Thread Rating:
  • 0 Vote(s) - 0 Average
  • 1
  • 2
  • 3
  • 4
  • 5
Global defined string?
#1
We want to "pass" a string from the rticplc to a plc script (for populating a motion program buffer). While it is simple to create and manipulate strings within plc/rticplc individually, I can't seem to find a convenient way of defining and accessing global strings.

A bit of background: The rticplc will be handling comms, and as the Command"" function in gplib appears not to be available for cplc's, the plc routine is used for writing to the motion program buffer and controlling the CS. We could use a capp, with Command"" calls for all motion program & CS control, but the plc (running on rti) needs to exist for safety monitoring anyway.

So far the best way I can find to "communicate" between plc/cplc is with global flags & the use of "pshm->" or SetGlobalVar(), but this does not really help with strings. Perhaps it is possible to reserve a block of user shared mem by defining a global ptr to Sys.Cdata[i] for multiple characters?

Any suggestions would be much appreciated.

Additionally, I would like to clarify use of Command"" in cplc's because the gplib header states that it is not to be used anywhere other than in C apps. Is this the case, or is it "safe" to use in cplc's (either rti or bg)?

Thanks
Reply
#2
I haven't worked with them in years but it was my understanding that the cplc's were nothing more than predefined c program threads running under xenomai realtime. I don't see why the command() function would be different under cplcs as opposed to "background C apps" unless the cplc's run under a different context such as kernel mode threads. You might give it a try.

I would do the interfacing to the motion buffer and coordinate system stuff in a "background C app". Just much more power and control over how it executes and how many threads you can have in one process.

I'd advise against doing any communications in rti, this needs to be deterministic. Maybe I'm misunderstanding you?

KEJR
Reply
#3
(11-01-2017, 05:41 AM)KEJR Wrote: I haven't worked with them in years but it was my understanding that the cplc's were nothing more than predefined c program threads running under xenomai realtime. I don't see why the command() function would be different under cplcs as opposed to "background C apps" unless the cplc's run under a different context such as kernel mode threads. You might give it a try.

I would do the interfacing to the motion buffer and coordinate system stuff in a "background C app". Just much more power and control over how it executes and how many threads you can have in one process.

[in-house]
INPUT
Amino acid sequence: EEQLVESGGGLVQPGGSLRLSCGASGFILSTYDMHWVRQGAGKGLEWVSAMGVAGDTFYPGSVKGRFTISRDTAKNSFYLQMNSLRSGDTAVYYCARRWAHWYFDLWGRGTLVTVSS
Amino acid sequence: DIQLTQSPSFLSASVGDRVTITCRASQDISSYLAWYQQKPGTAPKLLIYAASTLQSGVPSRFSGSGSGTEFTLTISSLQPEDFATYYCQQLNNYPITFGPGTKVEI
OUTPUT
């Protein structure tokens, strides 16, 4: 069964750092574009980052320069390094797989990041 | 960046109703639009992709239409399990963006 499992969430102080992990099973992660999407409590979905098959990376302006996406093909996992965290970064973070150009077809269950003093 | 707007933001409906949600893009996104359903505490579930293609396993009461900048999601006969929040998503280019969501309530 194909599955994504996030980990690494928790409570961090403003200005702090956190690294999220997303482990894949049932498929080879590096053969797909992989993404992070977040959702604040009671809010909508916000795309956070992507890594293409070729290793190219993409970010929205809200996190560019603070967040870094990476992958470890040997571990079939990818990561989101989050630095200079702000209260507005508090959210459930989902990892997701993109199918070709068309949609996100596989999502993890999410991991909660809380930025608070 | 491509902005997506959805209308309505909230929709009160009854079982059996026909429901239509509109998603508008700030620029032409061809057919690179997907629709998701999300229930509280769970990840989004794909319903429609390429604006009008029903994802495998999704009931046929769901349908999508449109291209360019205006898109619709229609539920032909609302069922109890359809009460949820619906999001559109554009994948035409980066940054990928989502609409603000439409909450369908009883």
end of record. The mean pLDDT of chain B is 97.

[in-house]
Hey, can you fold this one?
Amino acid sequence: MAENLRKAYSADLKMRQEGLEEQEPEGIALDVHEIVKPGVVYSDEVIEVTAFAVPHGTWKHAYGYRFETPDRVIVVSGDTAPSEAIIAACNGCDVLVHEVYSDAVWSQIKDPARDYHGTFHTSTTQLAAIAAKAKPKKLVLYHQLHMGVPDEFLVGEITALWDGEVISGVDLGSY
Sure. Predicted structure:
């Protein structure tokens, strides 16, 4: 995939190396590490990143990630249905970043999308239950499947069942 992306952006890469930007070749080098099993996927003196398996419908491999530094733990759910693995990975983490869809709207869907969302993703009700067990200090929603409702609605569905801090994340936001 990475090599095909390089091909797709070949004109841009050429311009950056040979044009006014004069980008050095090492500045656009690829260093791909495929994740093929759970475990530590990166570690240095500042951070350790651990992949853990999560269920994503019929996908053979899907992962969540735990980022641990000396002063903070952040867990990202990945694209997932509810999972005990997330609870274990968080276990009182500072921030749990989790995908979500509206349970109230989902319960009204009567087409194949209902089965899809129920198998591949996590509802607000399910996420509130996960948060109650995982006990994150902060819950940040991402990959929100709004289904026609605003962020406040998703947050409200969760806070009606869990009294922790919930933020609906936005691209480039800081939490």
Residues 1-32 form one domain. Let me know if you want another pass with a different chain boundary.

I'd advise against doing any communications in rti, this needs to be deterministic. Maybe I'm misunderstanding you?

KEJR

No misunderstanding, and I have not found a reason for avoiding use of Command"" in cplc's other than the firmly worded commenting in the header. Also we have used the command function before in both rti/bg cplc's and not encountered issues, though the caution is dully noted regarding rticplc!

I would prefer to have all motion buffers & CS control handled via a C app, and perhaps you could comment on this, as when I enabled the capp as RT it nearly caused the pmac to hang. I ran it at the default priority "BACKGROUND_RT_PRIORITY-10", but perhaps I should run at "script_priority-10" or there are further settings I should be aware of (part of the reason for using plc/cplc's is my somewhat lesser familiarity of linux scheduling/threading).

Thanks
Reply
#4
To the OP, yes, Sys.Cdata[i] is the way to do this. Use char* pointers to write to this array in C and sprintf to write to it in PLCs. As for reading this and passing it to a start command in a PLC, I believe you can use the string formatting features of cmd"" to transfer the string living in Sys.Cdata[i] to your "R" command.

Another way around is to parse /usrflash/Project/Database/pp_prog.sym for all program name-to-number equivalencies at startup in a C program (in your case RTICPLC, so this would have to be the first of its tasks at powerup, and once done, never repeat that in further iterations), store those in a big array in user space, write the corresponding number of the program name you want to use to a Sys.UData[i] array element, and call that using the start command in a PLC. This would mean a bigger startup, but ultimately probably less "communicating" for your RTICPLC to do.
Reply


Forum Jump:


Users browsing this thread: 1 Guest(s)